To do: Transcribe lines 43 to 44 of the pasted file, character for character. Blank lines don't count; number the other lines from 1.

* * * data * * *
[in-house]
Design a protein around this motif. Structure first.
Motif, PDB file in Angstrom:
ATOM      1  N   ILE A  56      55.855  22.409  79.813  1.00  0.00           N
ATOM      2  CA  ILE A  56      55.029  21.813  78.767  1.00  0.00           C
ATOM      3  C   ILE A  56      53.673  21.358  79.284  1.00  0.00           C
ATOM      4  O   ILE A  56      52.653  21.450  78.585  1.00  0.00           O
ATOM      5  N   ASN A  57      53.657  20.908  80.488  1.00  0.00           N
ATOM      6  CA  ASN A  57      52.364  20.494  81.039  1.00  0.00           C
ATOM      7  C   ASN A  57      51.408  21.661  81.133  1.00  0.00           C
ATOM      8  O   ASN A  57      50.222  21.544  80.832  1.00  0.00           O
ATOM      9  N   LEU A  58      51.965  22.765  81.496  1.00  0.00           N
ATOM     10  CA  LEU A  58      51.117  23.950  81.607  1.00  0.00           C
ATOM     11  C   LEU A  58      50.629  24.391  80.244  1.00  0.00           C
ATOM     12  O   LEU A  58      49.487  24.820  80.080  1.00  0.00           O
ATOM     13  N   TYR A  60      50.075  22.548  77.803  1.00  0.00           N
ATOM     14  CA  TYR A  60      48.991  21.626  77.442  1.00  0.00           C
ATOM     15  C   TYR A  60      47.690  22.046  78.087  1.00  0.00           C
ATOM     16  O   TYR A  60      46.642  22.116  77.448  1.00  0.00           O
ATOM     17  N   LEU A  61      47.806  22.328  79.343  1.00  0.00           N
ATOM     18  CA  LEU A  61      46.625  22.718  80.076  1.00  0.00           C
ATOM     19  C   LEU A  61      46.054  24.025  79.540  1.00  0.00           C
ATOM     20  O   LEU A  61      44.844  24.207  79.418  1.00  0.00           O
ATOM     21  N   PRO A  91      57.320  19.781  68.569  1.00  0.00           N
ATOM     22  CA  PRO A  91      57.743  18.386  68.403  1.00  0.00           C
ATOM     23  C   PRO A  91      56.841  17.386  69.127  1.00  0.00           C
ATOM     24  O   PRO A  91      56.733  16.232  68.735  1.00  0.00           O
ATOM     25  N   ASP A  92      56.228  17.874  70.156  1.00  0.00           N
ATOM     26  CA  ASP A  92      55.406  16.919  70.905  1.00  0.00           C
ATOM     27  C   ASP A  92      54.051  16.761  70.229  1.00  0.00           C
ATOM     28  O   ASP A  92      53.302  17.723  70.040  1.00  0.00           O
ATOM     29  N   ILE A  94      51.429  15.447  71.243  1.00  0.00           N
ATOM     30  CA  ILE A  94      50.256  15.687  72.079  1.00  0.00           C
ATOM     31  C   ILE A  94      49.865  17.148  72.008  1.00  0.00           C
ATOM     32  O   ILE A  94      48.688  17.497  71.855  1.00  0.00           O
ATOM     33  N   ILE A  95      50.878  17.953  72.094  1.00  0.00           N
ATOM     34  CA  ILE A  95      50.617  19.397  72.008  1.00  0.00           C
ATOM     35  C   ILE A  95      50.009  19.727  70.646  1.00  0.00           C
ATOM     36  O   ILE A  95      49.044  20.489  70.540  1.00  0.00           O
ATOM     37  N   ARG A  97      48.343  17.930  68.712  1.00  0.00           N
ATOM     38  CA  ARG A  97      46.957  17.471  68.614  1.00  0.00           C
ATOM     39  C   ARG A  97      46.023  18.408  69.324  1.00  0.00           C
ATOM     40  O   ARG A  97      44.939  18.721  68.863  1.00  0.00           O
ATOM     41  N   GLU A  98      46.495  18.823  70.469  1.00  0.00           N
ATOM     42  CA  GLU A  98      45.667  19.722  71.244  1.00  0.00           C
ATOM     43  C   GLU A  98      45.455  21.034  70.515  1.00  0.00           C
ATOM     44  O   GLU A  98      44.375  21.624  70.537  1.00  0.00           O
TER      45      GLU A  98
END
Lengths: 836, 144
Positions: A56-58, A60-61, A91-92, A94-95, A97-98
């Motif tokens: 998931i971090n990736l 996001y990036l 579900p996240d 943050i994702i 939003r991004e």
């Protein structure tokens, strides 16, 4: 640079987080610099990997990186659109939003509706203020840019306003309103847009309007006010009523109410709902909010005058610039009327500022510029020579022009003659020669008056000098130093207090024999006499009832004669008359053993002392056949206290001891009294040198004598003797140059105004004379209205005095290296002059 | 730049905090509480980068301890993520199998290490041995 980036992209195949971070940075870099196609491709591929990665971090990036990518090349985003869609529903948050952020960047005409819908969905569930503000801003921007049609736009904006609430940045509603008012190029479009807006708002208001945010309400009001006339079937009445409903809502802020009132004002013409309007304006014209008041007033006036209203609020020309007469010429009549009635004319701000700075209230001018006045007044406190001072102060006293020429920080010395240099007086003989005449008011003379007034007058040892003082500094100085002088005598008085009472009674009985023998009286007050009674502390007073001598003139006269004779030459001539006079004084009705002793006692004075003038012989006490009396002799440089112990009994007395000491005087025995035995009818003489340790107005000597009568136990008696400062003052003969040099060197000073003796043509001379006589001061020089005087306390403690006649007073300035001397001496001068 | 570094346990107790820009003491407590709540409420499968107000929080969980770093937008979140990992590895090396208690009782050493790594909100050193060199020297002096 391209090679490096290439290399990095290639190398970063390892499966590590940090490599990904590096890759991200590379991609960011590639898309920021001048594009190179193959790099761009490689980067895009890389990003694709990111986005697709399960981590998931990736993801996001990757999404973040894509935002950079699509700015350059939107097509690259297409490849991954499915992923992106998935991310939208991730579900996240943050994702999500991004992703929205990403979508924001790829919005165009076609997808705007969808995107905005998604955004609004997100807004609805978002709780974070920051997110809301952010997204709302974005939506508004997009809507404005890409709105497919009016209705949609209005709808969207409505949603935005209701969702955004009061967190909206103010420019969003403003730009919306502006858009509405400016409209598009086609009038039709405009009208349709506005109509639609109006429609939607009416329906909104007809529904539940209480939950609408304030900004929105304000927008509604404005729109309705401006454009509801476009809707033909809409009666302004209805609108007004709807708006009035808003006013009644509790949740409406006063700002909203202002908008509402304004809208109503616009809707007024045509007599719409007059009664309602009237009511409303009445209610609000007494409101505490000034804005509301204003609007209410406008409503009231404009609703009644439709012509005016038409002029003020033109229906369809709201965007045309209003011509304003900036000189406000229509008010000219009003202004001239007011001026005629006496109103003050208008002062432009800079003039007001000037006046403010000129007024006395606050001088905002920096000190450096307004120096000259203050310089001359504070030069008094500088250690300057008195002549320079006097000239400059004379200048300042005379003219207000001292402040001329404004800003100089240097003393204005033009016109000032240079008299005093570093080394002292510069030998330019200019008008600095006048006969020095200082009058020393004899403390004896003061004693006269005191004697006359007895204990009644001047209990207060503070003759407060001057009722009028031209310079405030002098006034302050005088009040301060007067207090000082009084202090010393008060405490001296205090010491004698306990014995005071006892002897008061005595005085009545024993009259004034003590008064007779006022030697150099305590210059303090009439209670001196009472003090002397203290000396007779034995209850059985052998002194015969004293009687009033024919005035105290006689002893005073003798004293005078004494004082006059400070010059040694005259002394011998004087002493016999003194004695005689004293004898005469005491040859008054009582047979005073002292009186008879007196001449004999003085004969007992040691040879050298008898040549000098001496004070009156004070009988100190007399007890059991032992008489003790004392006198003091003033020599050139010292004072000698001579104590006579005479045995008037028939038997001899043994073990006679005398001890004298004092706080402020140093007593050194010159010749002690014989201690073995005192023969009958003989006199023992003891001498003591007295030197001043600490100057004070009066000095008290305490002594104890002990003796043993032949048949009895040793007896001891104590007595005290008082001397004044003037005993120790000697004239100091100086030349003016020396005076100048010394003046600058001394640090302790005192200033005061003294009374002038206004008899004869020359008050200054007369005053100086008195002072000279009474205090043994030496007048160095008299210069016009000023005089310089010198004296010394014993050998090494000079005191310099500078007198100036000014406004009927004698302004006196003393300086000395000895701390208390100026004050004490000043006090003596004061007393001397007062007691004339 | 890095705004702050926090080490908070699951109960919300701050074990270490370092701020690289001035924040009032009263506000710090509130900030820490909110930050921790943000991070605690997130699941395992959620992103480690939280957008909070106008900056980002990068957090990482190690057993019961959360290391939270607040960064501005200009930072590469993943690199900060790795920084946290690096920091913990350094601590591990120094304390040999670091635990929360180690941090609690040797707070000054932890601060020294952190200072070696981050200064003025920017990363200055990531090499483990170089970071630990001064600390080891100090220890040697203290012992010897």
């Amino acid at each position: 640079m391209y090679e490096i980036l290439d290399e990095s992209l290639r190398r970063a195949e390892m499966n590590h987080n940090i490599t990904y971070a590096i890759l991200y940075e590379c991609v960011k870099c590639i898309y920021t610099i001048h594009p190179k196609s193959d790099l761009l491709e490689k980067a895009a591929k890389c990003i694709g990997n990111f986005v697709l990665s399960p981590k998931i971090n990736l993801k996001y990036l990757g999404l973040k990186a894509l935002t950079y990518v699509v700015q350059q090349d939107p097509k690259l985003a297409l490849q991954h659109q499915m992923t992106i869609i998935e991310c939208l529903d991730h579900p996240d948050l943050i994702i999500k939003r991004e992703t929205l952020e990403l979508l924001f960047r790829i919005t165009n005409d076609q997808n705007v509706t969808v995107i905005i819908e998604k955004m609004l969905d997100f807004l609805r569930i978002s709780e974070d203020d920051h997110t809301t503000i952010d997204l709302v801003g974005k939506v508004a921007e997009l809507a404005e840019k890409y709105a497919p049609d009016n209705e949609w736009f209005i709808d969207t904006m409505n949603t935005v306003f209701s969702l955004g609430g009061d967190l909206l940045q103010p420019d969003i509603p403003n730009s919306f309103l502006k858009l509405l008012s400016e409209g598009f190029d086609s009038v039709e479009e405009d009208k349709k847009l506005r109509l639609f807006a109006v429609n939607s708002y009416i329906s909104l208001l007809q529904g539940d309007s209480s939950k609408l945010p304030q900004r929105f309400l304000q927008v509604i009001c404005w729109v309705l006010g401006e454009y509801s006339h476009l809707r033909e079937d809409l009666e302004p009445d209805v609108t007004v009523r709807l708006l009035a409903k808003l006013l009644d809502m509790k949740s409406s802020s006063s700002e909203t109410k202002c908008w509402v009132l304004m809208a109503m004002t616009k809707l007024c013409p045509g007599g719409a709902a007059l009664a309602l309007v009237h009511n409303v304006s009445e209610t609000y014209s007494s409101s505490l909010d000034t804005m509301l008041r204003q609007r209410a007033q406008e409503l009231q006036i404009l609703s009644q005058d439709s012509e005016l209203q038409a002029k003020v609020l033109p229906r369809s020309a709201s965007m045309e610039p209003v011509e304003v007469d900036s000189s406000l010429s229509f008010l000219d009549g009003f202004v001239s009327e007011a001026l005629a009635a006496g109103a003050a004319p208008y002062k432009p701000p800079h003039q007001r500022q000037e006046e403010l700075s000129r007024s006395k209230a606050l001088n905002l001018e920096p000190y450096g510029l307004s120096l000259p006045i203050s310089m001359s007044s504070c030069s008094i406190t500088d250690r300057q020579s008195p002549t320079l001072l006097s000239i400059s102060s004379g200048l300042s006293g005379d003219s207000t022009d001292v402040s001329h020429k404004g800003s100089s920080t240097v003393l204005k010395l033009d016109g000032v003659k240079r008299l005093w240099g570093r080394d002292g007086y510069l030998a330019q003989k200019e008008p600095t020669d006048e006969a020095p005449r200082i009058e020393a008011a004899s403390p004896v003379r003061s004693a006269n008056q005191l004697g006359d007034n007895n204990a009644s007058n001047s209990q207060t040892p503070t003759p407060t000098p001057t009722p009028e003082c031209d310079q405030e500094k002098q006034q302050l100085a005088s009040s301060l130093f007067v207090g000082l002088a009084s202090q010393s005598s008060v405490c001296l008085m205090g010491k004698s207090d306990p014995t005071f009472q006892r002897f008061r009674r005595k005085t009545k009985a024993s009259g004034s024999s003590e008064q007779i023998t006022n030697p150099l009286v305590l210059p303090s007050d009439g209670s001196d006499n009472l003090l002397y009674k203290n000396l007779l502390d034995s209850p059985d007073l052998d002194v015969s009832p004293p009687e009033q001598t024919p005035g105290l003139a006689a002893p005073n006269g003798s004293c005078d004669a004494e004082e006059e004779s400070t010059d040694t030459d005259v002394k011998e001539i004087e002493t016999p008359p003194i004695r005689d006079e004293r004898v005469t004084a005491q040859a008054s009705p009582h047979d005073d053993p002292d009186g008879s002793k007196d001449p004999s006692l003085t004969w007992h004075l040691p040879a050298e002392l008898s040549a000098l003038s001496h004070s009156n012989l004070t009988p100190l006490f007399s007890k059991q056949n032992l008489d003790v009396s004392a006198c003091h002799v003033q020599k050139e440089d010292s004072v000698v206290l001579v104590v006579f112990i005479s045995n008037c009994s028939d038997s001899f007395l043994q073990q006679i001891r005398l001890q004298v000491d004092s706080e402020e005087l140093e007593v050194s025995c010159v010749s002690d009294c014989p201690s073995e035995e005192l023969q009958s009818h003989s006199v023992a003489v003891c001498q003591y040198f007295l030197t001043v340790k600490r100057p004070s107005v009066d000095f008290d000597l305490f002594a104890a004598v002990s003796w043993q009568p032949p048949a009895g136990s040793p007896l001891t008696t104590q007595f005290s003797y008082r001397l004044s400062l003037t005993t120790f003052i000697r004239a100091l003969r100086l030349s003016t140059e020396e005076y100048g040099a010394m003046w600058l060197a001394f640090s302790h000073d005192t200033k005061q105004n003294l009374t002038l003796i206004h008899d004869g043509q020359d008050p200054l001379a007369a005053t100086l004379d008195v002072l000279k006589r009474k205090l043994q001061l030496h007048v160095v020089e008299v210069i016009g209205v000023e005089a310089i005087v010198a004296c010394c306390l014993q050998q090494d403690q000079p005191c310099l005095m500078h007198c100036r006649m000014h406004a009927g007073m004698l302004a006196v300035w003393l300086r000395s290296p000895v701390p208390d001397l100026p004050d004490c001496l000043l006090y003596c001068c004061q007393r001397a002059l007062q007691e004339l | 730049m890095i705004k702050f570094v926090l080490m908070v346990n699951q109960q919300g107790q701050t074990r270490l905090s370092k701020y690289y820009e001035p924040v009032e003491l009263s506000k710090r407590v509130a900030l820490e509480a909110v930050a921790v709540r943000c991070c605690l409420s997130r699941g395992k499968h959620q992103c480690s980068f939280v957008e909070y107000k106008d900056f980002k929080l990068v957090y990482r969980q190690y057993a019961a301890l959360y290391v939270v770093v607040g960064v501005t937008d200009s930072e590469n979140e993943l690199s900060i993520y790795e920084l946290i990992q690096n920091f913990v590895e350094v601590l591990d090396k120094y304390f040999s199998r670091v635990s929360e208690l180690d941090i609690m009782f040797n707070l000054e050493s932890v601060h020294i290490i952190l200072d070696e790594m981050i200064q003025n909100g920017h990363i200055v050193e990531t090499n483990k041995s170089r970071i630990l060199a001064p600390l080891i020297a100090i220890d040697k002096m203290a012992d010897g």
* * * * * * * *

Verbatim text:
ATOM     40  O   ARG A  97      44.939  18.721  68.863  1.00  0.00           O
ATOM     41  N   GLU A  98      46.495  18.823  70.469  1.00  0.00           N